Forming knowledge with new shapes : what arts-based research methods can offer
conference contributionposted on 2017-12-06, 00:00 authored by Alison BlackAlison Black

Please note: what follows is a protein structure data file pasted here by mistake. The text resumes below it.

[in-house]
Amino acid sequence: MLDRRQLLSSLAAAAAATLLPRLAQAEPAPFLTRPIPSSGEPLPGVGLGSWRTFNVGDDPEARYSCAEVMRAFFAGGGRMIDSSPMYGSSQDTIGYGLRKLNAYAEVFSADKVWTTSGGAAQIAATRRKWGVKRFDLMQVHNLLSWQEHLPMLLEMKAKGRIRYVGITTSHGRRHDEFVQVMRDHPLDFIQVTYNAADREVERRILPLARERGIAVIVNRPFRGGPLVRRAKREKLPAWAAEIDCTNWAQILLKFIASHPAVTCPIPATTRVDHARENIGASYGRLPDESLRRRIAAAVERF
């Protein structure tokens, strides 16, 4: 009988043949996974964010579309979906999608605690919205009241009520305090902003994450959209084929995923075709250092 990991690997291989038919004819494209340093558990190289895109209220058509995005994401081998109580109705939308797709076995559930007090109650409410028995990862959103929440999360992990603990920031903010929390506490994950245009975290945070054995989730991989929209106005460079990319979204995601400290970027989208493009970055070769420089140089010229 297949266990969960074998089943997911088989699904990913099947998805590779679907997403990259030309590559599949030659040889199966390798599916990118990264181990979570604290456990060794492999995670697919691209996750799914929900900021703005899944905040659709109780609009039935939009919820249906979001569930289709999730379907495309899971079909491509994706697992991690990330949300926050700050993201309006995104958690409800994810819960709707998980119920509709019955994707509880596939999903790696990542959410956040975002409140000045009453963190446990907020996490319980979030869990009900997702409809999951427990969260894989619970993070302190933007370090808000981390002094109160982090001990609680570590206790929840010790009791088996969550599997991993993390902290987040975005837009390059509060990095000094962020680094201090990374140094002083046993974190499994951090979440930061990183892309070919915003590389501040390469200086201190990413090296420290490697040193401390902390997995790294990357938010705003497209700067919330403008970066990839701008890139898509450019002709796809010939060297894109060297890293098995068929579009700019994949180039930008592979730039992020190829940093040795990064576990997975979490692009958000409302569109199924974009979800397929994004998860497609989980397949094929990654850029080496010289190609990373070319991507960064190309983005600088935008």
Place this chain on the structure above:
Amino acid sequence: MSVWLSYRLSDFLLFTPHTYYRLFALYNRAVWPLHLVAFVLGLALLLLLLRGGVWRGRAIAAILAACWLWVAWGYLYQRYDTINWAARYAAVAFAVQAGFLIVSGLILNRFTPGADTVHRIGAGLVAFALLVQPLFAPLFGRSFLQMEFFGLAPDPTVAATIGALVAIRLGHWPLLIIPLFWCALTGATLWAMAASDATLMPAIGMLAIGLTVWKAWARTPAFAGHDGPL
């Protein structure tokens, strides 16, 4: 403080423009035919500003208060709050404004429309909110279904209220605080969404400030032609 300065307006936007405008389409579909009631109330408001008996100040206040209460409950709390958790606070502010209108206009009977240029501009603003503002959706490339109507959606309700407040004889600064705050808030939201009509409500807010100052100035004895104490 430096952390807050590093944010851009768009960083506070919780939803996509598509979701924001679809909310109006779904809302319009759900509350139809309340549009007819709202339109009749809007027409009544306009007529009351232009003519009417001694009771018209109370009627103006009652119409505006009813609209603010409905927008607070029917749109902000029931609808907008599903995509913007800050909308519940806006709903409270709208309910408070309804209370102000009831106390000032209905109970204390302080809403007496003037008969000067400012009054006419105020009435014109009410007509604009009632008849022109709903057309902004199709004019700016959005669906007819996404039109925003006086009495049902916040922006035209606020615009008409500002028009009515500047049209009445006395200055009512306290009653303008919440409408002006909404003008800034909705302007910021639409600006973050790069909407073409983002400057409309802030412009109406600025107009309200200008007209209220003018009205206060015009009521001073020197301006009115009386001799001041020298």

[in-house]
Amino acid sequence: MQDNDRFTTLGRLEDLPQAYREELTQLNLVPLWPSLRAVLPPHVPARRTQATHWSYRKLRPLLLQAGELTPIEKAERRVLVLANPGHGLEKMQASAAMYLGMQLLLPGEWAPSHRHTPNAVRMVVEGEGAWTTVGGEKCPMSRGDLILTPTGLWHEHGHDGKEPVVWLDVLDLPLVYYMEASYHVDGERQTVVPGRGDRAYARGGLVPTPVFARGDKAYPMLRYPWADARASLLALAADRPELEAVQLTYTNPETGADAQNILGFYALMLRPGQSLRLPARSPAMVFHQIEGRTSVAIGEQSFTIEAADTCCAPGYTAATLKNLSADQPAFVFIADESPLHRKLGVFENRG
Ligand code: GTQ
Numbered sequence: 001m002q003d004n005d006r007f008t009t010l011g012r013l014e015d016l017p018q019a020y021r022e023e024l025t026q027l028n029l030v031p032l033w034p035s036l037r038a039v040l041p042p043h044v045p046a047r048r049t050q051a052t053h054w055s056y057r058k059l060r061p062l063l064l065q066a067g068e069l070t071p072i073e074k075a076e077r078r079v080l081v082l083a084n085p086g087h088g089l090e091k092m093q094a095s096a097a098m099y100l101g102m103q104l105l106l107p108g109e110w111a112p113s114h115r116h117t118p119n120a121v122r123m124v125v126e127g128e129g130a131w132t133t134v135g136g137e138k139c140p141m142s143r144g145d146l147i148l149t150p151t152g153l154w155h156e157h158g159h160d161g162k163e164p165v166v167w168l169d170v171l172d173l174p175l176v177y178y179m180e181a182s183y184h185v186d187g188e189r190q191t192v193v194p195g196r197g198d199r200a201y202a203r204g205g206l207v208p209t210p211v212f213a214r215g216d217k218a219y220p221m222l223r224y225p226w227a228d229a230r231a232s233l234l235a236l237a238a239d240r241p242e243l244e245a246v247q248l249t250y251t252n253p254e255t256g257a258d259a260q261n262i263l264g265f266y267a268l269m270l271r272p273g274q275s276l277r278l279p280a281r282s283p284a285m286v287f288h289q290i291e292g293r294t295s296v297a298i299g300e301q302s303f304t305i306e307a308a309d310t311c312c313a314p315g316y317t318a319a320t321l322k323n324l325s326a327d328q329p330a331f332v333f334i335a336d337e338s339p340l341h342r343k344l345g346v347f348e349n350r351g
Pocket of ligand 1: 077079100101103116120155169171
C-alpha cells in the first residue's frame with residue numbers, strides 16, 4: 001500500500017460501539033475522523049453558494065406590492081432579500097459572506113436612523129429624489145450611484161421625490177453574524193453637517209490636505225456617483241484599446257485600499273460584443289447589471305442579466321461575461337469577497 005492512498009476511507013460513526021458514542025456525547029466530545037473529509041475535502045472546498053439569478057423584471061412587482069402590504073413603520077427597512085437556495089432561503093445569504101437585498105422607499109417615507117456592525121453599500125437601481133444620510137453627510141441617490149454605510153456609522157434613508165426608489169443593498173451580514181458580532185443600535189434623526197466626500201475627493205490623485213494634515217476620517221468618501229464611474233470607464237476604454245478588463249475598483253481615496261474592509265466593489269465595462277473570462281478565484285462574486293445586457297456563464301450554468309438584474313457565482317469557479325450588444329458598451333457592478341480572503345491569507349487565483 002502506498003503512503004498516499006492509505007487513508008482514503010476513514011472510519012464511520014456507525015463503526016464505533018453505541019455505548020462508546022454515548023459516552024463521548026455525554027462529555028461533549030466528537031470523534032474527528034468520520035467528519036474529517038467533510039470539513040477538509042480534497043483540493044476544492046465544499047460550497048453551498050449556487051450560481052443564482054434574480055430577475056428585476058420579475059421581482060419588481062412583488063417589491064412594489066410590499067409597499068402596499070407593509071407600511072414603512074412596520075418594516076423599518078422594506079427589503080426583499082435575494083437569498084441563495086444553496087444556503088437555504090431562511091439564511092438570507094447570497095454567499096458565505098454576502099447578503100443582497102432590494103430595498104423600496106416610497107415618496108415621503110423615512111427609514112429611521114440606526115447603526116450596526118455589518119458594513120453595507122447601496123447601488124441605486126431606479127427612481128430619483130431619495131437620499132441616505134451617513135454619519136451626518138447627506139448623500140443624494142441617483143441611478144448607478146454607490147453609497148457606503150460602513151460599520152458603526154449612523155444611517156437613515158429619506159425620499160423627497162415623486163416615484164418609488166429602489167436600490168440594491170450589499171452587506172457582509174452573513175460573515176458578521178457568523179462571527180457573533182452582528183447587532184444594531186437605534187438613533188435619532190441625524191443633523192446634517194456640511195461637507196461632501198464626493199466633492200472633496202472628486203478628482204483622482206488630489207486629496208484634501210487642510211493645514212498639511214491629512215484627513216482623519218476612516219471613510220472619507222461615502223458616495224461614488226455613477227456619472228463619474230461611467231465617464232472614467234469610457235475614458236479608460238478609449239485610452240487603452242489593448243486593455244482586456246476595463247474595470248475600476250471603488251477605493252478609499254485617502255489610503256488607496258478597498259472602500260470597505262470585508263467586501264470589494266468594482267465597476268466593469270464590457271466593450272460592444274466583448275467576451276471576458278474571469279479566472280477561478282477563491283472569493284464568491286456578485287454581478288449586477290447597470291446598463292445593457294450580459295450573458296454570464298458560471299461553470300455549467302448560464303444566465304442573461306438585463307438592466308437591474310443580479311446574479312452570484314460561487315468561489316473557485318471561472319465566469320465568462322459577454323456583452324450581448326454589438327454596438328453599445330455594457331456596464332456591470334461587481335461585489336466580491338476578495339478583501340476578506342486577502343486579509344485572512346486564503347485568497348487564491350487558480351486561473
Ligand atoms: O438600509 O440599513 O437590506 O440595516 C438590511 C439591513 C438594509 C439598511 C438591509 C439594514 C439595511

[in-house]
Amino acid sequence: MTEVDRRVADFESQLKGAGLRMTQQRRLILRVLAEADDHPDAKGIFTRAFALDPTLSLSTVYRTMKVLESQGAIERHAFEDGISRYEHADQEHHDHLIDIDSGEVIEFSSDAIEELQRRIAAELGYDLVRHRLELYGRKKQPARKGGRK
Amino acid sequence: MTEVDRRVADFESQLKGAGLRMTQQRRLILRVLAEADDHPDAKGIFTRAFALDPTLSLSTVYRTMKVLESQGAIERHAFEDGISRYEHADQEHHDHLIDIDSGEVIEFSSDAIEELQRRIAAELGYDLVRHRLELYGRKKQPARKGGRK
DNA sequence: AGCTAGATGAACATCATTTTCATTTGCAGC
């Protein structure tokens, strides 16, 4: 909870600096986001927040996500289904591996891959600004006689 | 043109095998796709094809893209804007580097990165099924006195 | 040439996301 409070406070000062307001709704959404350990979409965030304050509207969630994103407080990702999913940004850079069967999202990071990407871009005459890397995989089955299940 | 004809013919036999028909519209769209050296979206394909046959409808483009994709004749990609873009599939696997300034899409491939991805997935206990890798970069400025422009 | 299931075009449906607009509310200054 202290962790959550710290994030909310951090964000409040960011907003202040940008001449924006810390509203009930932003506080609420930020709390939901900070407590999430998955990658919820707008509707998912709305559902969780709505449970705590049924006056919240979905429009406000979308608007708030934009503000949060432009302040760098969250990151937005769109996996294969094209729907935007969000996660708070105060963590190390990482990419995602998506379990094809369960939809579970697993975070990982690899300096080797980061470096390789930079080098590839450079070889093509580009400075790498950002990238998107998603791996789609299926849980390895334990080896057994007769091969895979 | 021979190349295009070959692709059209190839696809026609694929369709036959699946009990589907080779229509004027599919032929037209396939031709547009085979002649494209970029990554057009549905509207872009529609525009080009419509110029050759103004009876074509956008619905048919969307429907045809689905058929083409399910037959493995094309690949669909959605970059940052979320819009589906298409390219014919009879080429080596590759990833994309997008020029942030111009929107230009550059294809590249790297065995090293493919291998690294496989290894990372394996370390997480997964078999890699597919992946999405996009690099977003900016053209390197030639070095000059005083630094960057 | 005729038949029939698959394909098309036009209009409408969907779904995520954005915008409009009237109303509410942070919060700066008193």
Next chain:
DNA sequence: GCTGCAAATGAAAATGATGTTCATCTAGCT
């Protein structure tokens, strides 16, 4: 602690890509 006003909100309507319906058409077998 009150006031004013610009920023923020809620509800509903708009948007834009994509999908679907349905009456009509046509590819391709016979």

There is an increasing recognition that the future requires a ‘conceptual and creative workforce’ where ‘artistic and aesthetic ways of knowing’ are highly valued and where creativity, innovation, design and meaning are cherished aptitudes. As a result, many industry leaders, organisations and researchers are also starting to recognise the potential and significance of the arts and creative forms of knowledge. Especially as they seek to fully understand and address the complex realities and dilemmas that constitute educational, business and everyday worlds, and that face individuals and communities. There is a growing awareness that knowledge can be developed and formed in new shapes, and that these new shapes allow us to think and therefore see in new ways. Arts-based inquiry (research inquiry which embraces the language, practices and forms commonly employed in the arts) is offering new shapes and innovative opportunities for learning and meaning-making, and for shedding light on the particular experiences, dilemmas and situations we care about. Arts-based research methods and practices are increasingly being recognised for their transformational and unique ability to both ‘access and represent’ knowledge and multiple personal and professional meanings. As well as encouraging a creative inquiry process, arts-based methods can make visible the way knowledge and meaning is constructed while simultaneously offering representational shapes, forms and products for reflection and action. They can be used during ‘all phases’ of the research endeavour from data collection to analysis as well as continuing to serve as a subject of inquiry and a pedagogical tool. Arts-based methods have enormous potential for engaging and transforming the lives and work of both individuals and communities and for opening up public discourse. For individuals, arts-based practices support inquiry into personal and professional meaning-making with products of reflection capturing aesthetic responses, revealing previously held tacit knowledge, communicating stories of experience and offering new possibilities for action and agency. For researchers, arts-based methods are proving to be a legitimate and robust research methodology that transcends the limitations of traditional approaches to investigate and explore educational and social questions in personal, engaging and connected ways - ways that reach, and are accessible to, wider, diverse and non-academic audiences. For communities, arts-based methods support research that cares about who people are, what they know, how they experience their world and how they make meaning. Arts-based methods support the telling and understanding of human stories - stories of identity, knowledge, context, place, experience and relationships.